Electronic Thesis and Dissertation Repository

Thesis Format

Integrated Article


Doctor of Philosophy




Neufeld, Richard W. J.

2nd Supervisor

Tremblay, Paul F.



We study known and potential numerical earmarks of schizophrenia through mathematical methods. One known numerical characteristic of schizophrenia is that of prolonged encoding latencies in response to cognitive stimuli. Motivated by the need to explain interaction patterns in 2 x 2 factorial data where one factor is encoding load and the other is diagnostic status, we define a class of general serial mixture models based on the number of encoding subprocesses executed and the speed at which they are executed. Mathematical derivations performed on these models yield closed form expressions for the mean encoding latency and average intertrial variance, which in turn yield expressions for the mean interaction contrast and variance interaction contrast. Different interaction signatures correspond to different members of the model class. A wealth of examples are provided linking various potential physical and neurophysiological encoding mechanisms to members of the model class. We also derive results for a specific subset of the general model class where only the number of subprocesses is allowed to vary over factorial cells. Our development includes a numerical test (verified by theory and simulation methods) to determine if the number of encoding subprocesses varies over trials. Theoretical results are then developed for the case where the speed of encoding subprocesses is allowed to vary. Secondly, by means of an exhaustive literature search and application of contingency tables, we investigate whether a collection of numerical indices, called nonlinear indices or complexity indices, can be utilized to support or refute a conjecture in the literature which states that complexity in EEG recordings tends to be higher in schizophrenia patients than controls with this tendency being dampened (and even inverted) by medication, increasing age, and decreasing symptomatology. Our analysis indicates only weak effects due to age and medication, and suggests that symptomatology may play a greater role. Moreover, we observe a strong ``study effect'' which suggests that laboratory procedures may also play a role. Our systematic review of nonlinear indices does, however, indicate that heart rate variability is reduced in schizophrenia and bipolar disorder.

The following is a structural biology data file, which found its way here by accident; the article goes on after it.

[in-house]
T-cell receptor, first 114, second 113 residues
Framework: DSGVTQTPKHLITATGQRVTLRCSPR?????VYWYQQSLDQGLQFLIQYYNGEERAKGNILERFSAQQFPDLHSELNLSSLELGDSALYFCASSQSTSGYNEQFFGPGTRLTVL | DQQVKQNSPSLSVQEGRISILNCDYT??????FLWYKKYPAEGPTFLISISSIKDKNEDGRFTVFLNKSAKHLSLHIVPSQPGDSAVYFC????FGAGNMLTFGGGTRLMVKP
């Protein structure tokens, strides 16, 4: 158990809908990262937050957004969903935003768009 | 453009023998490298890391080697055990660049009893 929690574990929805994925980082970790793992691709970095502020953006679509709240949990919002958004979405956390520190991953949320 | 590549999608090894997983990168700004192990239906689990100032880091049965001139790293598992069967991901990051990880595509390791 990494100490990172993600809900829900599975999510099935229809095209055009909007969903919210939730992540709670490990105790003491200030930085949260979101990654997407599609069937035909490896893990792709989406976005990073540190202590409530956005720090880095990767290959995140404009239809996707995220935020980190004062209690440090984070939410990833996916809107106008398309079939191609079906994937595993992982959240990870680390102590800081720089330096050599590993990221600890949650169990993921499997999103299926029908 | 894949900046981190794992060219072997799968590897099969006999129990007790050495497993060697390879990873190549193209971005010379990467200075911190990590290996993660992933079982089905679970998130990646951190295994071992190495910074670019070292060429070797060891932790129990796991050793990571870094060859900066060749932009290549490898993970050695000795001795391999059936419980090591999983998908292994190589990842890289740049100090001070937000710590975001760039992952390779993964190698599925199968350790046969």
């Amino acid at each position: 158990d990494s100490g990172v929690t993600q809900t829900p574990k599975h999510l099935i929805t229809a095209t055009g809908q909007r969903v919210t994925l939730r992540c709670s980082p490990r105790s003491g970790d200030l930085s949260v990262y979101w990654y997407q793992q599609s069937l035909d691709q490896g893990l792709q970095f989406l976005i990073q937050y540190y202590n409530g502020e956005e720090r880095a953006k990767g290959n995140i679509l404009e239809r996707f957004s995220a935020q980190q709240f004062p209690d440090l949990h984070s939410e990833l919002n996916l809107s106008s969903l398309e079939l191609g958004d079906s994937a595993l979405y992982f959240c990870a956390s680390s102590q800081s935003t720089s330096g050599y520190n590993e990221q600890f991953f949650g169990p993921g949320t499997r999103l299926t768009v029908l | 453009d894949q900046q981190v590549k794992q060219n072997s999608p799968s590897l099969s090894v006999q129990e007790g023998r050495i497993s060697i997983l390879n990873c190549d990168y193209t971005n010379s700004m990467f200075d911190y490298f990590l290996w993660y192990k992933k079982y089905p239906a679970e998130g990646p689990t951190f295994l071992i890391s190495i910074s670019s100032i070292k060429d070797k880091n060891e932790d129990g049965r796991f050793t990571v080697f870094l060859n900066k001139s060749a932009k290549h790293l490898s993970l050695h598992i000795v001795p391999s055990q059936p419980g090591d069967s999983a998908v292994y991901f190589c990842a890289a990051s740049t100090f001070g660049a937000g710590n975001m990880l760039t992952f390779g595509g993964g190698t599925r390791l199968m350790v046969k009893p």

Summary for Lay Audience

Schizophrenia is a mental disorder which is usually described in behavioural terms. A person with schizophrenia will often exhibit symptoms of delusions (strongly-held false beliefs) or hallucinations (the experience of sensations or perceptions without supporting stimulus events accessible to others). Other symptoms may include incoherent speech and disorganized thought. This thesis, however, focuses on characteristics of schizophrenia that can be quantified numerically. One such characteristic is that of prolonged encoding times. Encoding is the process by which a person mentally transforms an observed event or object into a format which facilitates the task at hand, e.g., transforms a word into a picture for comparison with another picture. Experimental evidence has shown that schizophrenia patients require longer encoding times than normal controls or even other psychiatric controls. This thesis develops a family of mathematical models which can be used to describe and investigate the possible physical and psychological mechanisms that underlie the encoding process. These models are constrained to fit known experimental data in which encoding load and diagnostic status are manipulated. Secondly, the thesis investigates whether a collection of numerical indices, called nonlinear indices or complexity indices, can be used to differentiate schizophrenia (and bipolar disorder) patients from normal controls in EEG and ECG studies. In particular, we examine the question of whether there is a tendency toward greater complexity in the EEG of schizophrenia patients, with this tendency dampened or even reversed with medication, increasing age, and reduced symptomatology. This analysis was spurred by a large literature with contradictory findings. We found only weak effects due to age and medication, and noted that symptomatology as well as laboratory procedures may play a greater role in outcomes. On the other hand, nonlinear indices seem to consistently indicate lower complexity in the heart rate of both schizophrenia and bipolar patients.